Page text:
About the Orion Visual Cortical Prosthesis System

Leveraging Second Sight’s 20 years of experience in neuromodulation for vision, the Orion™ Visual Cortical Prosthesis System is an implanted cortical stimulation device intended to provide useful artificial vision to individuals who are blind due to a wide range of causes, including glaucoma, diabetic retinopathy, optic nerve injury or disease, or forms of cancer and trauma. The Orion System is intended to convert images captured by a miniature video camera mounted on glasses into a series of small electrical pulses. The device is designed to bypass diseased or injured eye anatomy and to transmit these electrical pulses wirelessly to an array of electrodes implanted on the surface of the brain’s visual cortex, where it is intended to provide the perception of patterns of light. A feasibility study of the Orion I device is currently underway at the Ronald Reagan UCLA Medical Center in Los Angeles and Baylor College of Medicine in Houston. No published in-human data is available yet for the Orion system. Based on the results of this first in-human testing of the Orion I cortical stimulation device, the company anticipates initiation of the next study in 2019.

Forward looking statement

This press release contains forward-looking statements within the meaning of Section 27A of the Securities Act of 1933, as amended, and Section 21E of the Securities Exchange and Exchange Act of 1934, as amended, which are intended to be covered by the “safe harbor” created by those sections. All statements in this release that are not based on historical fact are “forward looking statements.” These statements may be identified by words such as “estimates,” “anticipates,” “projects,” “plans,” “goal,” or “planned,” “seeks,” “may,” “will,” “expects,” “intends,” “believes,” “should,” and similar expressions, or the negative versions thereof, and which also may be identified by their context. All statements that address operating performance or events or developments that Second Sight expects or anticipates will occur in the future, such as stated objectives or goals, or that are not otherwise historical facts, are forward-looking statements. While management has based any forward-looking statements included in this release on its current expectations, the information on which such expectations were based may change. Forward-looking statements involve inherent risks and uncertainties which could cause actual results to differ materially from those in the forward-looking statements as a result of various factors, including those risks and uncertainties described in the Risk Factors and in Management's Discussion and Analysis of Financial Condition and Results of Operations sections of our Annual Report, on Form 10-K, filed on March 20, 2018, our most recent 10-Q, filed on August 7, 2018, and our other reports filed from time to time with the Securities and Exchange Commission. We urge you to consider those risks and uncertainties in evaluating our forward-looking statements. We caution readers not to place undue reliance upon any such forward-looking statements, which speak only as of the date made. Except as otherwise required by the federal securities laws, we disclaim any obligation or undertaking to publicly release any updates or revisions to any forward-looking statement contained herein (or elsewhere) to reflect any change in our expectations with regard thereto, or any change in events, conditions, or circumstances on which any such statement is based.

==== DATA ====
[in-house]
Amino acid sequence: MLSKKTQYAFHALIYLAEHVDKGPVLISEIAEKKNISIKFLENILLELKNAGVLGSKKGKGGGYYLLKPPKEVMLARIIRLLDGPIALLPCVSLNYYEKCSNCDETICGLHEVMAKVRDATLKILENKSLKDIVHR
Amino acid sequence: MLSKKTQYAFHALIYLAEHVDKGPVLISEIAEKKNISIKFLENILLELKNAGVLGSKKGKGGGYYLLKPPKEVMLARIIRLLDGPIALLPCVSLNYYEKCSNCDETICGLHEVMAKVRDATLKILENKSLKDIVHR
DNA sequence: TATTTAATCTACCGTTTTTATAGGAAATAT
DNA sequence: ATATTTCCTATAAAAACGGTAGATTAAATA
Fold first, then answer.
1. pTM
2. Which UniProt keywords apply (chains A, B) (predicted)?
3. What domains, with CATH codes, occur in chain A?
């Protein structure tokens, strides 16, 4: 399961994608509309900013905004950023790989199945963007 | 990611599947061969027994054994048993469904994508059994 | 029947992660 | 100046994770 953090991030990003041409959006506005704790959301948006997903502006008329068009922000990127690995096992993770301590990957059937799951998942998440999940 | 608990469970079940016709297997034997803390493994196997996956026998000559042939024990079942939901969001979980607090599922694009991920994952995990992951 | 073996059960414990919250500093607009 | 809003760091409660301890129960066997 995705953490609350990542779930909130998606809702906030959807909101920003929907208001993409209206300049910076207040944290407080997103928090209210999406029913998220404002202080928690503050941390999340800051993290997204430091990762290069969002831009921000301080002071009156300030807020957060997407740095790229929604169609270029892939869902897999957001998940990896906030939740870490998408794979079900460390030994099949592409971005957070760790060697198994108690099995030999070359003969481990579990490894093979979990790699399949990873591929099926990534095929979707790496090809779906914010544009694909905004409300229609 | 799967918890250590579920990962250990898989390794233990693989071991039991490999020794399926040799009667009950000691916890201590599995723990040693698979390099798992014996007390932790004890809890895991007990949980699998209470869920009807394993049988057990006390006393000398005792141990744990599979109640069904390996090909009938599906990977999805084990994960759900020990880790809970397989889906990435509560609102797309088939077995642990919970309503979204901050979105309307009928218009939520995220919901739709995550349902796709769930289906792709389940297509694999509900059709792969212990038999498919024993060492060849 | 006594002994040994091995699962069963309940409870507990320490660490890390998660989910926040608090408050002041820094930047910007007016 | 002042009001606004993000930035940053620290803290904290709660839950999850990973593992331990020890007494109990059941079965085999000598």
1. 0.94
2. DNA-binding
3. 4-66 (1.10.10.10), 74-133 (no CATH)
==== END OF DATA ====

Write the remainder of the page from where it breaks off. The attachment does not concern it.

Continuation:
About the National Institutes of Health (NIH)

NIH, the nation's medical research agency, includes 27 Institutes and Centers and is a component of the U.S. Department of Health and Human Services. NIH is the primary federal agency conducting and supporting basic, clinical, and translational medical research, and is investigating the causes, treatments, and cures for both common and rare diseases. For more information about NIH and its programs, visit www.nih.gov.